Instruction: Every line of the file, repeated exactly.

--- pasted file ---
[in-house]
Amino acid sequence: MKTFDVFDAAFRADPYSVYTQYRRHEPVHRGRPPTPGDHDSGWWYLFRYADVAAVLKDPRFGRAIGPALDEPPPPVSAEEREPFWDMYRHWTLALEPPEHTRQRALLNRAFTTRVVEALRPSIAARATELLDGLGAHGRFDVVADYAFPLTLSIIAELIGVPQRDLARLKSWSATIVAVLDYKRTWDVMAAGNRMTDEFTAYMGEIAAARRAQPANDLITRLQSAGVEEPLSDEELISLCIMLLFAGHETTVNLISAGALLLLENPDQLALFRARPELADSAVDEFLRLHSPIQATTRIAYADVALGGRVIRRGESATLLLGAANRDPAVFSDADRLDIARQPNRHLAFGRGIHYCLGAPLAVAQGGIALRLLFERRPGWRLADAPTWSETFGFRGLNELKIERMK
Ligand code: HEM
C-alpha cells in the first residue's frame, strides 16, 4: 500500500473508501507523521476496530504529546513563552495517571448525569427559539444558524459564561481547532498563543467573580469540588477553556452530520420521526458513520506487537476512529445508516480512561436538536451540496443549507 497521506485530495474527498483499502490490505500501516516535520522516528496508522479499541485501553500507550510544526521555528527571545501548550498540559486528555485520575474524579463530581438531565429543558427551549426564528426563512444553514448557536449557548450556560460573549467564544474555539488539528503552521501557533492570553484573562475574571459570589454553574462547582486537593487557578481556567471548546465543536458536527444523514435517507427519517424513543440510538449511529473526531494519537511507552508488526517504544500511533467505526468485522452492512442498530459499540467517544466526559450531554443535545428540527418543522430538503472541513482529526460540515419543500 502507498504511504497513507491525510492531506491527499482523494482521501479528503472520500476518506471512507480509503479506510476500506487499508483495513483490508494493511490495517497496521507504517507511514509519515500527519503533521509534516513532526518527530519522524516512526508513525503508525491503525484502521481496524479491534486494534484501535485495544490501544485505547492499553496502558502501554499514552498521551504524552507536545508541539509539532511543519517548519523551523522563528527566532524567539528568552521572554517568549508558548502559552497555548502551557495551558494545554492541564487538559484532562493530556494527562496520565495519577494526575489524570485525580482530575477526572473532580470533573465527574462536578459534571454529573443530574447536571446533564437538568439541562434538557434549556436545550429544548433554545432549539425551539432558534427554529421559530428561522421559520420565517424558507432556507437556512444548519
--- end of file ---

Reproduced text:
[in-house]
Amino acid sequence: MKTFDVFDAAFRADPYSVYTQYRRHEPVHRGRPPTPGDHDSGWWYLFRYADVAAVLKDPRFGRAIGPALDEPPPPVSAEEREPFWDMYRHWTLALEPPEHTRQRALLNRAFTTRVVEALRPSIAARATELLDGLGAHGRFDVVADYAFPLTLSIIAELIGVPQRDLARLKSWSATIVAVLDYKRTWDVMAAGNRMTDEFTAYMGEIAAARRAQPANDLITRLQSAGVEEPLSDEELISLCIMLLFAGHETTVNLISAGALLLLENPDQLALFRARPELADSAVDEFLRLHSPIQATTRIAYADVALGGRVIRRGESATLLLGAANRDPAVFSDADRLDIARQPNRHLAFGRGIHYCLGAPLAVAQGGIALRLLFERRPGWRLADAPTWSETFGFRGLNELKIERMK
Ligand code: HEM
C-alpha cells in the first residue's frame, strides 16, 4: 500500500473508501507523521476496530504529546513563552495517571448525569427559539444558524459564561481547532498563543467573580469540588477553556452530520420521526458513520506487537476512529445508516480512561436538536451540496443549507 497521506485530495474527498483499502490490505500501516516535520522516528496508522479499541485501553500507550510544526521555528527571545501548550498540559486528555485520575474524579463530581438531565429543558427551549426564528426563512444553514448557536449557548450556560460573549467564544474555539488539528503552521501557533492570553484573562475574571459570589454553574462547582486537593487557578481556567471548546465543536458536527444523514435517507427519517424513543440510538449511529473526531494519537511507552508488526517504544500511533467505526468485522452492512442498530459499540467517544466526559450531554443535545428540527418543522430538503472541513482529526460540515419543500 502507498504511504497513507491525510492531506491527499482523494482521501479528503472520500476518506471512507480509503479506510476500506487499508483495513483490508494493511490495517497496521507504517507511514509519515500527519503533521509534516513532526518527530519522524516512526508513525503508525491503525484502521481496524479491534486494534484501535485495544490501544485505547492499553496502558502501554499514552498521551504524552507536545508541539509539532511543519517548519523551523522563528527566532524567539528568552521572554517568549508558548502559552497555548502551557495551558494545554492541564487538559484532562493530556494527562496520565495519577494526575489524570485525580482530575477526572473532580470533573465527574462536578459534571454529573443530574447536571446533564437538568439541562434538557434549556436545550429544548433554545432549539425551539432558534427554529421559530428561522421559520420565517424558507432556507437556512444548519